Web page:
PHR calls on President Obama, working with Congress, to appoint a federal commission to investigate what American physicians and psychologists did to people subjected to torture in US custody. John Durham, the Department of Justice prosecutor tasked with investigating the destruction of CIA interrogation videotapes as well as interrogations that went beyond what was authorized by the Department of Justice memos, should also be given a clear mandate to probe allegations of illegal research at the black sites, Guantanamo and elsewhere.

What’s Up with Transparency? Government Hid Report on Drugging of Detainees for Months

3:47 pm in Uncategorized by Jeff Kaye

A story by Jason Leopold and me, currently up at Truthout, reports that a Department of Defense Office of Inspector General investigation into allegations of drugging of detainees, completed almost exactly a year ago, was nevertheless hidden from public knowledge for months. Its results remain hidden, labeled classified. This is especially strange as this document was publicly requested by no less than now-Vice President (then Senator) Joe Biden, along with Senators Carl Levin and Chuck Hagel, after a couple of articles in 2008 — one by Jeff Stein and one by Joby Warrick at the Washington Post — blew the whistle on dozens of reports of alleged drugging of detainees.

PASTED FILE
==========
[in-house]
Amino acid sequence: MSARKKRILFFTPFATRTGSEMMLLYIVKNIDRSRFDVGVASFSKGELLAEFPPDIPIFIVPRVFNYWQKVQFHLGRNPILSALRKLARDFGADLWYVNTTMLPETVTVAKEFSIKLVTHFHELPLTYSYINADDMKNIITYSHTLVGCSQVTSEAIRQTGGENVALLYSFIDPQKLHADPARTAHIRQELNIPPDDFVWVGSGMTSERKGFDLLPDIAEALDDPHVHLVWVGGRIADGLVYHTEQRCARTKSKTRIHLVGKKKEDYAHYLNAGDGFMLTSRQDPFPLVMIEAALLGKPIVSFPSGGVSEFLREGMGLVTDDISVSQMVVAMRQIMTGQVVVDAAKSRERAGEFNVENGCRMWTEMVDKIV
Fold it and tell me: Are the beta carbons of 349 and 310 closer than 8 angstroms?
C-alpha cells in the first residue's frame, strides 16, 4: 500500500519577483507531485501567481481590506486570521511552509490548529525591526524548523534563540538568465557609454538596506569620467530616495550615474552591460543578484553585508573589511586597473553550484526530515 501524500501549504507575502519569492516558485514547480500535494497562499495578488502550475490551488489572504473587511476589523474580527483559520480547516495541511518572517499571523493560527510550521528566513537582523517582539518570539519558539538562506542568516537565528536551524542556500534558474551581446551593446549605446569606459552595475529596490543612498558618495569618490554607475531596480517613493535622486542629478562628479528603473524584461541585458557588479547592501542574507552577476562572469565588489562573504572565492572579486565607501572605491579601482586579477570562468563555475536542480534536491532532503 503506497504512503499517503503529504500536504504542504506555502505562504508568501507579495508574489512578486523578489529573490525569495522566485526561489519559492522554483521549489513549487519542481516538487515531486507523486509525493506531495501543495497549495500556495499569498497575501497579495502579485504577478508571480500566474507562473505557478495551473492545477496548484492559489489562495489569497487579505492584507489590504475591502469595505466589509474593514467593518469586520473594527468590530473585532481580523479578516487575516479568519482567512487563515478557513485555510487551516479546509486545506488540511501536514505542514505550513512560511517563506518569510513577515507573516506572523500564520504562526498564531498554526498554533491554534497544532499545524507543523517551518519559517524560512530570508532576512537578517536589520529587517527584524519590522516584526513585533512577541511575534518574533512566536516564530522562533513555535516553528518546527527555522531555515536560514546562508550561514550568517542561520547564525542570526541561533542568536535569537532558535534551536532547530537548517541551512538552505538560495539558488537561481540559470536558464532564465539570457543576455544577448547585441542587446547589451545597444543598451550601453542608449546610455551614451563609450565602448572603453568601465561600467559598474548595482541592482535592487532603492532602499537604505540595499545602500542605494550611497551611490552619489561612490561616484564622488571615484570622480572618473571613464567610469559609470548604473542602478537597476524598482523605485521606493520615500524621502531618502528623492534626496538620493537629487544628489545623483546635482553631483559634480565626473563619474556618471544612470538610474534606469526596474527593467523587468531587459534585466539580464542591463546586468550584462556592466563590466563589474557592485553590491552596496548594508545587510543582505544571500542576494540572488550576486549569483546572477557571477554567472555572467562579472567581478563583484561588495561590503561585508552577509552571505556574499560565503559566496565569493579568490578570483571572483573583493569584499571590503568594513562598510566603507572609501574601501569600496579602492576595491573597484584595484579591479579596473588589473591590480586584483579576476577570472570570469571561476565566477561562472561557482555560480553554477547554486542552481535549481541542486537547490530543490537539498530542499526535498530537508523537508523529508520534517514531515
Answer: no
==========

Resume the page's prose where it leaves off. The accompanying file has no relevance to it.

The finished report, entitled "Investigation of Allegations of the Use of Mind-Altering Drugs to Facilitate Interrogations of Detainees," had been published on September 23, 2009. It was recently posted as finished at the OIG’s website (see 09-INTEL-13). I know that when I was looking for the progress of the report as recently as last February, for an article I was writing at the time, the investigation was still listed as "in progress." It also went under another title: "Possible Use of Mind Altering Substances by DoD Personnel during Interrogations of Detainees and/or Prisoners Captured during the War on Terror" (Project No. D2007-DINT01-0092.005). That listing has since expired.

Today I asked Vice President Biden’s office for comment, and am awaiting reply. But on the face of it, no one seems to want to talk about this report. Human rights workers and attorneys who were familiar with the fact of the investigation were quite surprised when I informed them the report had been finished twelve months ago! Multiple FOIA requests have now been made, but I don’t hold out much hope for getting answers to the basic questions around the many charges of drugging of detainees. This administration’s claims about greater transparency seem quite thin, especially when it means investigating their "war on terror" and detainee prison system.

As the Truthout article reports: